Ziprasidone and Quetiapine: These agents are metabolized via CYP3A4. Agents that induce CYP3A4 (carbamazepine, phenytoin) or inhibit it (ketoconazole, protease inhibitors) can affect ziprasidone and quetiapine concentrations.23

Aripiprazole: Aripiprazole is metabolized via CYP3A4 and CYP2D6. Adjustments should be made when enzyme inducers or inhibitors are used concomitantly.24

Haloperidol: Significant interactions can be seen with the administration of haloperidol plus carbamazepine, lithium, or serotonin reuptake inhibitors.25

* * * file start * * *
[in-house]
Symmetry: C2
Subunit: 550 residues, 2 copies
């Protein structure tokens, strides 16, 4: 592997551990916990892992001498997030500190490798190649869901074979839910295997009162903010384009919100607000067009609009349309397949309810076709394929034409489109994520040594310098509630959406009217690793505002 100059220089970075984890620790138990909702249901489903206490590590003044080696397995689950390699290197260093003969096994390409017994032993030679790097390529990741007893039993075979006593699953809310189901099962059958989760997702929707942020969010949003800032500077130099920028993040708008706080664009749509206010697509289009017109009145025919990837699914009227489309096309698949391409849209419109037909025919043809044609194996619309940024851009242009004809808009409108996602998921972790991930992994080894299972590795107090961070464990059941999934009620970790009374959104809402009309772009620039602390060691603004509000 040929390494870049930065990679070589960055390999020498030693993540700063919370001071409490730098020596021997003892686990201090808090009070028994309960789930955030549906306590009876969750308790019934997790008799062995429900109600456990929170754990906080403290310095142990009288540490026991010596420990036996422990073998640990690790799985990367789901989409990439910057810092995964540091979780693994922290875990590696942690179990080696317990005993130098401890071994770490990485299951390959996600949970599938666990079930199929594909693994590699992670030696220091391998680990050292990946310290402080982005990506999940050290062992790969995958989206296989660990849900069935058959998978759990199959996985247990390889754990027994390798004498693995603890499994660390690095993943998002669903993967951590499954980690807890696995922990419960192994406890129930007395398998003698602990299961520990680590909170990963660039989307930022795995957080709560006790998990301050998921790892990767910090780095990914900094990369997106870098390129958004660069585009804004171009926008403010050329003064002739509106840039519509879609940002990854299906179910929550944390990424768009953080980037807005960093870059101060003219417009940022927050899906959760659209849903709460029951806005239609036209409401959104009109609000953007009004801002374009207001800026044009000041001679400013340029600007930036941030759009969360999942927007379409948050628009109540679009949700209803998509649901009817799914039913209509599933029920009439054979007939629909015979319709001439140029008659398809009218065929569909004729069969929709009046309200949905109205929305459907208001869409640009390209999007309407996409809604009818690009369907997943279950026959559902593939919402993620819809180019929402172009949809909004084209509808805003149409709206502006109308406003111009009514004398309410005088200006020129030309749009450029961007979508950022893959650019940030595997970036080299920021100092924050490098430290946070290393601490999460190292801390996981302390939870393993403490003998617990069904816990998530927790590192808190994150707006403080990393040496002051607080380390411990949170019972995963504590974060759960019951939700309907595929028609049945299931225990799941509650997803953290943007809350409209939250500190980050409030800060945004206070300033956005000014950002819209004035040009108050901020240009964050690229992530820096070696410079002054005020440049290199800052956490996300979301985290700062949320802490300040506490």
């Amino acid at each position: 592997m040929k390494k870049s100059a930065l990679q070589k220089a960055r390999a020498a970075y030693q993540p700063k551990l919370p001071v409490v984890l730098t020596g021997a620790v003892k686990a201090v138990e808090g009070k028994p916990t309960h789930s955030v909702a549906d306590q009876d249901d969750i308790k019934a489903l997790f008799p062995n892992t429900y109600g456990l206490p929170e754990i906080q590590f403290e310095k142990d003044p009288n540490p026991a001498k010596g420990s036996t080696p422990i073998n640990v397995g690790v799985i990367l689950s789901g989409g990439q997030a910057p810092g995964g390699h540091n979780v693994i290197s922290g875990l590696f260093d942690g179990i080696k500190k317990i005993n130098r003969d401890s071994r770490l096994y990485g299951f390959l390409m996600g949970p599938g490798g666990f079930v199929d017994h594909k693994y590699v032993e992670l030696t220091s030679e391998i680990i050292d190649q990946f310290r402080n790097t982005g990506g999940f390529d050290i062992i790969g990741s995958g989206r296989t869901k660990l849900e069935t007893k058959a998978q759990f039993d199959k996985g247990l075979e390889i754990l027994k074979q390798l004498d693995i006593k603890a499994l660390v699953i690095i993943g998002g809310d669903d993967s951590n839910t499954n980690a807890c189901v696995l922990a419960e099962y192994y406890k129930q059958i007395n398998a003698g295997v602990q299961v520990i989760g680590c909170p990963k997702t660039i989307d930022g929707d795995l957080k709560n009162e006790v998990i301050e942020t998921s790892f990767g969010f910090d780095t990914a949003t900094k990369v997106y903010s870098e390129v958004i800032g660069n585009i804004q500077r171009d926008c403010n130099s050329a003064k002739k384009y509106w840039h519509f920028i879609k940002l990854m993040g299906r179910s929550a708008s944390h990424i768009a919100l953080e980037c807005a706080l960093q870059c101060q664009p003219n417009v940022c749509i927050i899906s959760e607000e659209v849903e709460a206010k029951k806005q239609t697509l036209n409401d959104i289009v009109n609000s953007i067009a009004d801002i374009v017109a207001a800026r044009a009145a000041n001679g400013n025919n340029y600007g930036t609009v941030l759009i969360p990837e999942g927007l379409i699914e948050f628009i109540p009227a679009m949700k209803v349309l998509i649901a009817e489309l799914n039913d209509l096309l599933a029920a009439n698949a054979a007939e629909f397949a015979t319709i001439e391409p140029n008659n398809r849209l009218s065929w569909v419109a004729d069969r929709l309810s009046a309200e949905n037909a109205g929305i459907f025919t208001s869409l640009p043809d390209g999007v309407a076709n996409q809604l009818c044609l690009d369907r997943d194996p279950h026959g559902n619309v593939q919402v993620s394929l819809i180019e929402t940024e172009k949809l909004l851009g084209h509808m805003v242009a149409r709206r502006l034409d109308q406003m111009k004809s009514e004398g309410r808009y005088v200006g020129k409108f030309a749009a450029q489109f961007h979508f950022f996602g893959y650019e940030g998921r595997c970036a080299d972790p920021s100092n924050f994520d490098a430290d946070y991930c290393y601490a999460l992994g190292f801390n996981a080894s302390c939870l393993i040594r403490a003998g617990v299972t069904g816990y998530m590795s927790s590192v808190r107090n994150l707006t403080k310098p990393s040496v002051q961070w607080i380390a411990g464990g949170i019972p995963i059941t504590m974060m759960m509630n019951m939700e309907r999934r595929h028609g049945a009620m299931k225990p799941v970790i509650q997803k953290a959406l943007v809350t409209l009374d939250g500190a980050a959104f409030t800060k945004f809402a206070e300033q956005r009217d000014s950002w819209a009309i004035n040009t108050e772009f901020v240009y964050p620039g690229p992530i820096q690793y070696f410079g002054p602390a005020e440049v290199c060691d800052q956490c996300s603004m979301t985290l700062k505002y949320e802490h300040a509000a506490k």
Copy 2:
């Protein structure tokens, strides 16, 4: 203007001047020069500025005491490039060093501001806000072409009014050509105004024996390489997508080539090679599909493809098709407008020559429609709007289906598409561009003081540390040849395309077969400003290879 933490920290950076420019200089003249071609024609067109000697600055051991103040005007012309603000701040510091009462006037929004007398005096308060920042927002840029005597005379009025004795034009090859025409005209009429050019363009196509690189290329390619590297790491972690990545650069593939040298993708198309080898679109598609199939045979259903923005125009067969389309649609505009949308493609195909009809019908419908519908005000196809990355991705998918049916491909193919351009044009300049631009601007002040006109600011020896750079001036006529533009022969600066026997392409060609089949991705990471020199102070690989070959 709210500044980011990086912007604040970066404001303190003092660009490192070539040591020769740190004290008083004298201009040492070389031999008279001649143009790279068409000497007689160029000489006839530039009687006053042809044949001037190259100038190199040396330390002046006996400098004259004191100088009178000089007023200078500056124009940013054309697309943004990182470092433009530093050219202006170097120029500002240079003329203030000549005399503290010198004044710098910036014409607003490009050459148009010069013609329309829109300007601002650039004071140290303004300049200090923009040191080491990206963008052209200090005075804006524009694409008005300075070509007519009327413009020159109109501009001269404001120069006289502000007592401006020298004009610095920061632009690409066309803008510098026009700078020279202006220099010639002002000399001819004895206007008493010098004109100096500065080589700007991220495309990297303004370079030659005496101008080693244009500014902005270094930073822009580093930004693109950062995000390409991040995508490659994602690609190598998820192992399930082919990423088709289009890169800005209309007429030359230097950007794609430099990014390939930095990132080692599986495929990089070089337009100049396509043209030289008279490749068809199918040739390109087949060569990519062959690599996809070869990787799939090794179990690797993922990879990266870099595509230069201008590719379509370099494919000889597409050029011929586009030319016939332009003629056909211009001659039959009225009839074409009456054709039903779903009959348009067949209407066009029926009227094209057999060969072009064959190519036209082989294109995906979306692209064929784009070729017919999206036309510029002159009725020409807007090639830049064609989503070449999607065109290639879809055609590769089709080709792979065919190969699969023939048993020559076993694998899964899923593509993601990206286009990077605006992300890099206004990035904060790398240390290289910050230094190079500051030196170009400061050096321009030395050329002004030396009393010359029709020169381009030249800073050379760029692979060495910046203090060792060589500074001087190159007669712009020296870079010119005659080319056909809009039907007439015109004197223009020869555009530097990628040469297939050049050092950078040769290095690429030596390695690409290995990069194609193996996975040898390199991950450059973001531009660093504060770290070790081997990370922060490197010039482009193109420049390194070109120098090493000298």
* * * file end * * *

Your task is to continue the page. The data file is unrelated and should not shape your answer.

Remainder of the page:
The primary goal in treating patients with clinically significant acute agitation is to calm the patient without sedation. This can facilitate the patient-physician relationship and aid in proper diagnosis of the underlying disease, thus allowing for initiation of appropriate first-line therapy. Haloperidol is still recommended as a first-line or high second-line choice in many cases, and the benzodiazepine most widely recommended by the Expert Consensus Guidelines is lorazepam. The guidelines recommend second-generation antipsychotics alone or in combination with a benzodiazepine as first-line or high second-line therapy when acute agitation is the result of a primary psychiatric condition such as schizophrenia, mania, or psychotic depression. Data are inconclusive concerning greater efficacy, more rapid onset of action, or reduced side effects with the use of combination therapy. The literature does not support using combination therapy to lower the dose of each medication.